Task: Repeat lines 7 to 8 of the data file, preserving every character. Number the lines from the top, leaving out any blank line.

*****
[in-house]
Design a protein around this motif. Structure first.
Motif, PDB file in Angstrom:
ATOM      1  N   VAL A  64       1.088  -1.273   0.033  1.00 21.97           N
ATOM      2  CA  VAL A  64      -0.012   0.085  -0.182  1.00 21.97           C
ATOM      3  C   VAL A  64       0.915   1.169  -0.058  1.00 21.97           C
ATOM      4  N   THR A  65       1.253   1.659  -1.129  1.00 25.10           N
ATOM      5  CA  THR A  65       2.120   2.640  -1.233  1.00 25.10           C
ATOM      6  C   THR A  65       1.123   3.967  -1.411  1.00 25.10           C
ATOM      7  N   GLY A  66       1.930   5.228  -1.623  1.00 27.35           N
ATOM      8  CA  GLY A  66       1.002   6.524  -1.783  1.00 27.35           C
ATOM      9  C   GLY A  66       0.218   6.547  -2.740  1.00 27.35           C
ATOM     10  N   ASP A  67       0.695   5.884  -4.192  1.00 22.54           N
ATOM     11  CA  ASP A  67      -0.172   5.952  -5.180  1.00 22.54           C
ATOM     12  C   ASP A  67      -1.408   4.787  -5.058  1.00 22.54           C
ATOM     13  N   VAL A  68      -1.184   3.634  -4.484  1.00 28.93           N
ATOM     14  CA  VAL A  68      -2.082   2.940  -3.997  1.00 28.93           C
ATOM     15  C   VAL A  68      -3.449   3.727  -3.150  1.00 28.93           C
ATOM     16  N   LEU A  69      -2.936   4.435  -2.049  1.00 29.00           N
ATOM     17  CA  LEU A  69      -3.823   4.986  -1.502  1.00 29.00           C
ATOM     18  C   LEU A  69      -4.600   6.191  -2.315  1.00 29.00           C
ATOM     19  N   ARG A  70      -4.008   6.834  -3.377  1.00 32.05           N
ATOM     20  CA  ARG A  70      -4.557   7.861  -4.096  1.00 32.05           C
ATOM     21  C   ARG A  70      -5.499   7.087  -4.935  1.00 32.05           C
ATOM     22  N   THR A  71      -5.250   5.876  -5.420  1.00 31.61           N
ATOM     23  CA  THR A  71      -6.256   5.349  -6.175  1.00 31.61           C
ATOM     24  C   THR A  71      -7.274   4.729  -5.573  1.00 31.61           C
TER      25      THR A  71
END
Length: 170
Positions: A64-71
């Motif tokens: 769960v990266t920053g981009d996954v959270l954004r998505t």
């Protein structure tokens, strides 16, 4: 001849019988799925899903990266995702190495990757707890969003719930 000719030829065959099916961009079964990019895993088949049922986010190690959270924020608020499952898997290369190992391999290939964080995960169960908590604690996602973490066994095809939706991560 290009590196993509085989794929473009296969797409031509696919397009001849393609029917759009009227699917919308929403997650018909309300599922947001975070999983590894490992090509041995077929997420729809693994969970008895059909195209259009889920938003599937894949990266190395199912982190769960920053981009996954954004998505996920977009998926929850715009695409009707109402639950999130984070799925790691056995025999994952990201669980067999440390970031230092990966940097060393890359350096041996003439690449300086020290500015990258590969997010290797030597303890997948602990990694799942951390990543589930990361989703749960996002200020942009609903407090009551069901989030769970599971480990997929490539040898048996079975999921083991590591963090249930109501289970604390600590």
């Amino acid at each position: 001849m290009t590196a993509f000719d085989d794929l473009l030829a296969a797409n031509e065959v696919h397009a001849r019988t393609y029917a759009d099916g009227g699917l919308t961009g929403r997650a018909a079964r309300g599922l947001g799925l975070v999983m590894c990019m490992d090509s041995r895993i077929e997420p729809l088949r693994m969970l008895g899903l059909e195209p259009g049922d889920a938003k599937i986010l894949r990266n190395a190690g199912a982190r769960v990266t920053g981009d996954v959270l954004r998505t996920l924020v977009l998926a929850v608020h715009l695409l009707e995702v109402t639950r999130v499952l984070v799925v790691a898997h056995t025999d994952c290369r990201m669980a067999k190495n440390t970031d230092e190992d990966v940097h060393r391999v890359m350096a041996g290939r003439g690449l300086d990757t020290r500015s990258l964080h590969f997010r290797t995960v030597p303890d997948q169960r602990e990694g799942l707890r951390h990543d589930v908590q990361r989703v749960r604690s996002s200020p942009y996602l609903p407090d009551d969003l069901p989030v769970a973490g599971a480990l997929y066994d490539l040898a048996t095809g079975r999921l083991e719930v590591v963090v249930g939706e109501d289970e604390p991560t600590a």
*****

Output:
ATOM      4  N   THR A  65       1.253   1.659  -1.129  1.00 25.10           N
ATOM      5  CA  THR A  65       2.120   2.640  -1.233  1.00 25.10           C